May 11

Lead By Example: More Than A Cliché

By John M. Vetere, President, John M. Vetere & Associates

Lead by example. As you read those words what ran through your mind? Maybe you immediately thought of the leaders around you, your supervisor, a company owner, some who lead by example and some who do not. Perhaps you are a business owner and your immediate thought was that you try your best but you barely have time to complete your own work, never mind think deeply about what it means to lead by example.

I think we all understand that, in general, leading by example is a good thing. Scattered all over the web, you will find quotes, graphics and more philosophical exposés on the topic than there are companies in the world. Ok, maybe that’s a bit of an exaggeration, but you get my point. It is important for us to come out of the clouds and look at both the simplicity and complexity that embody these three words, and deliver some practical advice that you can immediately implement.

“Setting an example is not the main means of influencing others, it is the only means.” – Albert Einstein

Einstein’s quote is dead-on (no surprise there). Influencing others by creating an environment in which people become motivated to excel and achieve at the highest level is the basis of great leadership. Therefore, leading by example must be an intentional and integral part of creating that environment.

Here are four specific ways you can lead by example. By the way, you don’t need a positional title nor do you need a staff that you formally lead to do any of these.

1. Expect the Best

If you want your team performing to the highest standards, then you must set the desired tone. How did you perform as a leader today? How did you perform in your job today? How did you communicate today? I have had executive coaching clients tell me that they lowered, some use the word compromised, their internal standards because the previous, higher standards upset their employees. If you find yourself lowering your standards for the same reasons then you need to ask yourself three questions, 1) am I effectively communicating the standard, 2) am I personally leading the way with a high standard of excellence, and 3) what do I need to do to raise the level of the team?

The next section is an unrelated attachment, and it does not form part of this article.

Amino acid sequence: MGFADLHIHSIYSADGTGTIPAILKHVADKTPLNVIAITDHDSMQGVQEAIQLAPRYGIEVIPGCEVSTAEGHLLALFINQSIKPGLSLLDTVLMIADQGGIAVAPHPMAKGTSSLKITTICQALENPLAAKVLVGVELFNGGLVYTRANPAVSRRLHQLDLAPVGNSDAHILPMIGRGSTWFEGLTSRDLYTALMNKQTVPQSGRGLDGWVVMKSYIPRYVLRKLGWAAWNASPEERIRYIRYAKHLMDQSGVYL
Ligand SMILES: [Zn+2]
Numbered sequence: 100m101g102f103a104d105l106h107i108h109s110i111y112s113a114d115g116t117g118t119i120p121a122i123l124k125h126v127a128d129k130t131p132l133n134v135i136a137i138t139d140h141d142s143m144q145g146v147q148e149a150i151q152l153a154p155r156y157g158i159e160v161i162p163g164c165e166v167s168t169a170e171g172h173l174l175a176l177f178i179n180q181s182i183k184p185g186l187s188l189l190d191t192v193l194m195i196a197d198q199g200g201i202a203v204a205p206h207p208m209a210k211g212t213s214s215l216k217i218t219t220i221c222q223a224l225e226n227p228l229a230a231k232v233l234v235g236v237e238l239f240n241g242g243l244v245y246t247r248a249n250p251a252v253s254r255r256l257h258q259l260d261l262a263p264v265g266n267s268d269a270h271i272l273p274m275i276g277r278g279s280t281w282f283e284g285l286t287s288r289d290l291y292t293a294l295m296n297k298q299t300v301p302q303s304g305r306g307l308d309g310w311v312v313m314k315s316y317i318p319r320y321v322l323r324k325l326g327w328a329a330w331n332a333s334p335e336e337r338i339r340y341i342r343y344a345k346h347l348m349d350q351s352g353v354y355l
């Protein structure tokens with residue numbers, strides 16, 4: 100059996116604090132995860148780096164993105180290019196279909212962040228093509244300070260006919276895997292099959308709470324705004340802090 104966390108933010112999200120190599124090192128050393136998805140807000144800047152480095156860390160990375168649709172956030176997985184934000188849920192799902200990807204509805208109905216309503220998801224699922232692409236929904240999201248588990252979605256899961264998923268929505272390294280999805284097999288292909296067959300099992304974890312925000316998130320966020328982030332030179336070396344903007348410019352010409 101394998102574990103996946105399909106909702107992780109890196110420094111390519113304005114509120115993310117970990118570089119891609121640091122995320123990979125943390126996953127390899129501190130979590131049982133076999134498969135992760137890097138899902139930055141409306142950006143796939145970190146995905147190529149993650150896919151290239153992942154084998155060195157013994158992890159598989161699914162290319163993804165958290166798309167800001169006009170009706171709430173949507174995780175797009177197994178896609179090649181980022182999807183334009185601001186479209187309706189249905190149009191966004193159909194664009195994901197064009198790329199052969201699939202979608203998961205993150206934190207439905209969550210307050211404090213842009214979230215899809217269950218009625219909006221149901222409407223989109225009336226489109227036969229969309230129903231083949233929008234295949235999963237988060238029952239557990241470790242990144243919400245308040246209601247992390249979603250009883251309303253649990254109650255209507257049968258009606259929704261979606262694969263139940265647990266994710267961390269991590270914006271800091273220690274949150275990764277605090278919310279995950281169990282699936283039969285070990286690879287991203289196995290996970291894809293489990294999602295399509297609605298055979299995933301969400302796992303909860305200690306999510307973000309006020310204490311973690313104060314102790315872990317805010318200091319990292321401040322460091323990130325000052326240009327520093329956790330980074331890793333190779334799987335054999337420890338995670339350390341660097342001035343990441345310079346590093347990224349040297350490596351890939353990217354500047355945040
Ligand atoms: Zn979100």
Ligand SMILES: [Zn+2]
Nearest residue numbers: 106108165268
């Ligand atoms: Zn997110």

Everyone around you may not have the skill sets or experience to meet your standards. Make sure you provide the tools, experiences and professional development needed to hit that higher standard of excellence. Most importantly, provide a consistent example of continuous learning and personal excellence.

2. Raise Leaders

Certainly, there is no substitute for hiring someone who is a fit for a particular job within your organization, but even a person who is a perfect fit needs to be developed and supported. Here is an example that I saw recently:

A young professional, let’s call her Carly, recently graduated from college with a business degree. She then went to work for a fairly new distributor of lab products, and began learning the operations of the company on the shipping and receiving docks. Eventually she secured a management role in the shipping department.